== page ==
In 1950 the down payment was made on an organ as a memorial gift, which was eventually replaced. In 1952 the pulpit furniture, which was used until the current building was completed in 2003, was given in memory of Richard E. Abbey who had been killed in Korea.
During the years of 1949-1950, a temporary Sunday school building was constructed beside the “Old Chapel.” It and the “Old Chapel” were torn down by 1970. On November 18, 1956, the ground was broken for a new building at the corner of Fourth and St. Joseph streets. Dedication services for this building were held on September 1, 1957. The total cost for construction, including land, was approximately $60,000, but that included the plumbing being donated by Carl Davis, the excavation donated by Allis Chalmers, and the church members laying the floor tile and the sidewalks and hanging the guttering. In 1967 the educational building was added to the existing facilities at the cost of $115,000. Eventually, a parking lot was put in where the “Old Chapel” had stood.
Several pastors have served Southern View Chapel over the years: Horace Murfin, a missionary in Brazil, served while on furlough on more than one occasion; Virgil Smith, an evangelist from Florida, spent about a year here although no one seems to know exactly when (probably 1941); Jack Drake served in 1947, leaving to found the Navajo Mission in New Mexico; Earl Brown, a General Association of Regular Baptist Churches minister, pastored the church during 1948 and early 1949.
During the first eleven years of the history of Southern View Chapel, there was no stable pastoral ministry. That changed in September 1949 when a young pastor from Peoria by the name of Edward R. Hellyer came and stayed. He would be the pastor until his semi-retirement in 1980 when he became the visitation pastor. He eventually fully retired and continued to live in the church parsonage until 2006 when due to health reasons he moved to the Presbyterian Home. On October 1, 1975, Gary E. Gilley, also coming from the Peoria area, became the fourth assistant pastor in Southern View Chapel’s history and the first to stay over two years. On January 1, 1980, he became the present pastor.
In conjunction with Pastor Hellyer’s coming to SVC in September 1949, SVC has enjoyed the stable ministry of but two senior pastors for 64 years. Under Pastor Gary’s ministry, there have been a number of assistant pastors: Dennis Crady, Jim Hamilton, Randy Aldrich, Bobby Robinson, Bill Morgan, David Cunningham, Brian Gilley (who has now been on staff since 2003), and Richard Nix, Edwin Tevez and Mike Wickens.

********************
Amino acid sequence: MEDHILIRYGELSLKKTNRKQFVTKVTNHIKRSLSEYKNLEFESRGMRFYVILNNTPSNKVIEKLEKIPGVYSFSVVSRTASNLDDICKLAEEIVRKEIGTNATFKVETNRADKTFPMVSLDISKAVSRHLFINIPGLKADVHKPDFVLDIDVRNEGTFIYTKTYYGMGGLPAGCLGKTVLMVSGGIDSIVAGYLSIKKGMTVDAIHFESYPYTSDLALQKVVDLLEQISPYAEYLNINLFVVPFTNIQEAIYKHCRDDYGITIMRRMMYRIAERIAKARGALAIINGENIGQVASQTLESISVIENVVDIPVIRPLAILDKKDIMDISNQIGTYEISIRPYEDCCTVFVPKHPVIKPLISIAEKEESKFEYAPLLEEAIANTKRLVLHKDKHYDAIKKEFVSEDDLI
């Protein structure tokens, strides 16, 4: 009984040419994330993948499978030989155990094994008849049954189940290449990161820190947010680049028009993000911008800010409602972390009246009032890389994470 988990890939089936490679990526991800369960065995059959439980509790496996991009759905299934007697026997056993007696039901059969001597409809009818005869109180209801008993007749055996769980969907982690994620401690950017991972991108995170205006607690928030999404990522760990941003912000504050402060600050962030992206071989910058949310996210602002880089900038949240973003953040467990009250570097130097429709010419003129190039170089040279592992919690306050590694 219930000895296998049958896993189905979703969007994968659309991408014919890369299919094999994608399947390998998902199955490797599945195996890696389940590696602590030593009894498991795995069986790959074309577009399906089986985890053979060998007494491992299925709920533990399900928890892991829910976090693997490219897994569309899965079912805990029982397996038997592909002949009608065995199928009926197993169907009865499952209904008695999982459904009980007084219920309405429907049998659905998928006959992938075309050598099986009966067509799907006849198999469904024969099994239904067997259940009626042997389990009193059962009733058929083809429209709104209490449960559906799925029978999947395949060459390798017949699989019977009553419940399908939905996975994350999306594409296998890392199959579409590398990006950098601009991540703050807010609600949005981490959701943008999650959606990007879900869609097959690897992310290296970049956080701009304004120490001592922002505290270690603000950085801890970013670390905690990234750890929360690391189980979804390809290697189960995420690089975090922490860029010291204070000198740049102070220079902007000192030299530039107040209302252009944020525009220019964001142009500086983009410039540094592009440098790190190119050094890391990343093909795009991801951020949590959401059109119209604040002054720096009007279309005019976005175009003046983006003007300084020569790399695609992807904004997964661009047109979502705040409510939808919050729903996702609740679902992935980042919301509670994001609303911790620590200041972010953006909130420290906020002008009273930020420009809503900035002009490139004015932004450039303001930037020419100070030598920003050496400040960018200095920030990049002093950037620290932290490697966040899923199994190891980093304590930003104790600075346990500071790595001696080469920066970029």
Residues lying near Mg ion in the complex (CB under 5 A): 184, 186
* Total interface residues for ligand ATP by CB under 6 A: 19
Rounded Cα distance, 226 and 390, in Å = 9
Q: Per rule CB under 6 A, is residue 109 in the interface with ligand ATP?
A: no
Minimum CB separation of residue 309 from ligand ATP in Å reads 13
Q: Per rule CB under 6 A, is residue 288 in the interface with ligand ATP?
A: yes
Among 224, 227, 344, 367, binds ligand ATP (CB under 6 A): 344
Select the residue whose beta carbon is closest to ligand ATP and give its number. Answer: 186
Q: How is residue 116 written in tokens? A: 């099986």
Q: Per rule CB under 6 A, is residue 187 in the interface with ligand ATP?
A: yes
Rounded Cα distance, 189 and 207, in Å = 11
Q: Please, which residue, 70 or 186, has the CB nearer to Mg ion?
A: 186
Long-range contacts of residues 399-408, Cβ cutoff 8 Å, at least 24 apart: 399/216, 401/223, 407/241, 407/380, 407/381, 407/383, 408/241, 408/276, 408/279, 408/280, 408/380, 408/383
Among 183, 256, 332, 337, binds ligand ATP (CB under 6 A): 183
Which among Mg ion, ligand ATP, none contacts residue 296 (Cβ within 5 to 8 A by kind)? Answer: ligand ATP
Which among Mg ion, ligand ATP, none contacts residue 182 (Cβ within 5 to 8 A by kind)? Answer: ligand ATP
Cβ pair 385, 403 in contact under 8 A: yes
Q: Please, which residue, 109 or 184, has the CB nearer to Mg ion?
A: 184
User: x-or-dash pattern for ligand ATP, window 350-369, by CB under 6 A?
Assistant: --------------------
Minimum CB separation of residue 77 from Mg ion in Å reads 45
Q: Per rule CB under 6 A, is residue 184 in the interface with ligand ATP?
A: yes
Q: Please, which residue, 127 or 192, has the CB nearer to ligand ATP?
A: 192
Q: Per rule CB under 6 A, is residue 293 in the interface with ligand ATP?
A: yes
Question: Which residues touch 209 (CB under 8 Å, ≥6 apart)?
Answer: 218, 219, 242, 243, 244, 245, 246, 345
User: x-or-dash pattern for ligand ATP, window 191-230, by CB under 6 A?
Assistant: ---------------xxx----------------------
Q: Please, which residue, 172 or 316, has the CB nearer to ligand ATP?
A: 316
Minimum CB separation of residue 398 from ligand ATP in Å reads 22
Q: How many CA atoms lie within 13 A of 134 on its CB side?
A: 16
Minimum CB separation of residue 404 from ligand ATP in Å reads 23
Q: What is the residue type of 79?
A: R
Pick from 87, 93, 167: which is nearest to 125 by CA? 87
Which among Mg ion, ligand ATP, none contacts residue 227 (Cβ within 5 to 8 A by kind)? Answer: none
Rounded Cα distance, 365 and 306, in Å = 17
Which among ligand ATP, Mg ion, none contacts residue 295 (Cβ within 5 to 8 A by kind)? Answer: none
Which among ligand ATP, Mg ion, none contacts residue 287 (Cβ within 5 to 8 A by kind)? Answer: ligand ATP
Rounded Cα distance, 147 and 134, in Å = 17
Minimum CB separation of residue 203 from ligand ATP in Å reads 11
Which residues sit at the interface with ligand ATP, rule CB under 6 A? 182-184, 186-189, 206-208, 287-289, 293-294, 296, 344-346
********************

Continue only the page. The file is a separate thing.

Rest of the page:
Pastor Gary began a writing ministry in 1994 with the first publication of a paper called Think on These Things. This paper, plus other subsequent books and articles, has become an important part of the worldwide outreach of the Chapel.
In 2003 the church sold its existing properties in Southern View and built a new 25,000 square foot facility on 10 acres of land one mile south on Second Street. The cost of this facility plus furniture was approximately $2.4 million. SVC continued to own the original parsonage until Pastor Hellyer could no longer occupy it. At that time we sold the parsonage and used the proceeds to purchase an additional five acres adjoining our present property. Pastor Hellyer died, several years after his wife, Alice, in 2008 at the age of 95.
In 2013 SVC completed an approximate 5000 square foot adult education wing at the cost of around $550,000. New ministries, such as the Springfield Center for Biblical Counseling have been added to numerous other ministries, old and new. More recently Civil Servant Ministries has come under the umbrella of SVC as we reach out with God’s truth to Illinois State House and Supreme Court. SVC’s truth extension is now an official arm of our church sending missionaries directly from our congregation. Church planting efforts are also being explored. SVC continues to thrive under the gracious hand of the Lord. It is indeed a reason for rejoicing to know that this congregation has remained faithful to the Word, is proclaiming the gospel, and is still striving to glorify God. No one of the original membership is alive today. In fact, no one who greeted the Hellyer family in 1949 is still in the church at this time. But we serve the same Lord, preach the same truth, and exalt the same Savior as our founders did. We have great reasons to rejoice in our Lord’s faithfulness.